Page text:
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WH says it doesn't support national gun registry

President Obama supports universal background checks for gun purchases but does not support a national registry of those who own guns legally, White House spokesperson Josh Earnest told reporters today.

"The president is a very strong believer in the Second Amendment," Earnest said in the White House press briefing today. "The president feels very strongly in the constitutional right to bear arms. And what the president's advocated is a set of universal background checks that would ensure that people who are not supposed to have guns -- so these are people with mental disabilities, these are criminals -- should not have access to guns. What we want to make sure is that we're keeping guns out of the hands of people who shouldn't have them, but without interfering with the ability of law-abiding citizens to get their guns that they would like to buy."

Senate Majority Leader Harry Reid, D-Nev., has said that expanding background checks on gun purchases will be a core part of the bill he brings to the Senate floor to reduce gun violence. The idea has received bipartisan support, but lawmakers on both sides of the aisle have expressed concern that background checks could lead to the creation of a gun registry.

By law, the federal government must destroy evidence of background checks within 24 hours. However, Sen. Chuck Schumer, D-N.Y., and others have argued sellers should be required to maintain a record of gun sales. If a gun used in a crime were traced back to a seller, they could prove with that record that they performed a background check. Sellers who failed to perform a background check in such a scenario would face consequences. This would motivate sellers to perform background checks, the argument goes.

"If there's one thing that scares a lot of people who believe in the Second Amendment, is the federal government keeping a national registry of gun sales, and gun purchasers, and gun owners," Republican strategist Karl Rove said on ABC's "This Week" on Sunday.

When pressed further on the issue, Earnest said the registry "is not something that the president has supported."

"What the president has supported are background checks... [and] laws against trafficking of guns," he continued. "The president has supported laws against straw purchasing, which basically is holding people accountable for purchasing weapons and then transferring them to people who couldn't lawfully purchase those weapons on their own. These are the kinds of reforms that the president is seeking in the system. He's not seeking a registry."

The Senate is expected to vote on gun legislation next month, when it returns from its Easter recess. Though the bill will include expanded background checks, some gun control advocates are disappointed it will not include an assault weapons ban. Reid has said the Senate will vote on the assault weapons ban and other measures as amendments to the bill, but it's very unlikely the proposal will be able to pass as an amendment.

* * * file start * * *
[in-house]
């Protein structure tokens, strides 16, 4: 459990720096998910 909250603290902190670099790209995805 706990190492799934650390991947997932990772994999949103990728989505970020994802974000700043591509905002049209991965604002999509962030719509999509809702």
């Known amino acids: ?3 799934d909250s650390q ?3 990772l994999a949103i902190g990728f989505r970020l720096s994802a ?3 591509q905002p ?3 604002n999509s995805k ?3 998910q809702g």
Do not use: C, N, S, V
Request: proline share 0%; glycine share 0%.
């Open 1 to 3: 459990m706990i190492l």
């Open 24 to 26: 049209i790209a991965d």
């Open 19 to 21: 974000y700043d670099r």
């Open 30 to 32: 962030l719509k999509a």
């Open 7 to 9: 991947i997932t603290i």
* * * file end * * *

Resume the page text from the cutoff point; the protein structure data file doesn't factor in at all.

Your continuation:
Earnest said today the White House wasn't ready to write off the assault weapons ban.

"I think you can anticipate that the president's going to continue to ask Congress to consider a range of proposals, including the assault weapons ban, that would have a tangible impact on reducing violence in communities all across the country," he said.

Furthermore, he added, the vote on the assault weapons ban amendment will serve as "another opportunity for members of the United States Senate to demonstrate some political courage."

As members of Congress head back to their home communities during their recess, activist groups on both sides of the issue are keeping up their efforts to pressure voters and Congress. Pro-gun control groups like Organizing for Action (the nonprofit that evolved from Mr. Obama's campaign organization Obama for America) are holding a "day of action" this Thursday, which will include more than 100 events nationwide.

Meanwhile, Mayors Against Illegal Guns, a group formed by New York City Mayor Michael Bloomberg, is spending $12 million on an ad campaign during the congressional recess, pushing conservative Democrats and moderate Republicans to support new gun control legislation.

The National Rifle Association is continuing its own campaign, calling voters in Connecticut -- including voters in Newtown, Conn., the site of December's tragic mass shooting -- and asking them to pressure their lawmakers into rejecting any new gun restrictions.

NRA CEO Wayne LaPierre said Sunday on NBC's "Meet the Press" that his organization has millions of donors giving small amounts to push back against the likes of Bloomberg. The New York mayor, he said, "is going to find out that this is a country of the people, by the people and for the people and he can't spend enough of his [money] to try to impose his will on the American public."

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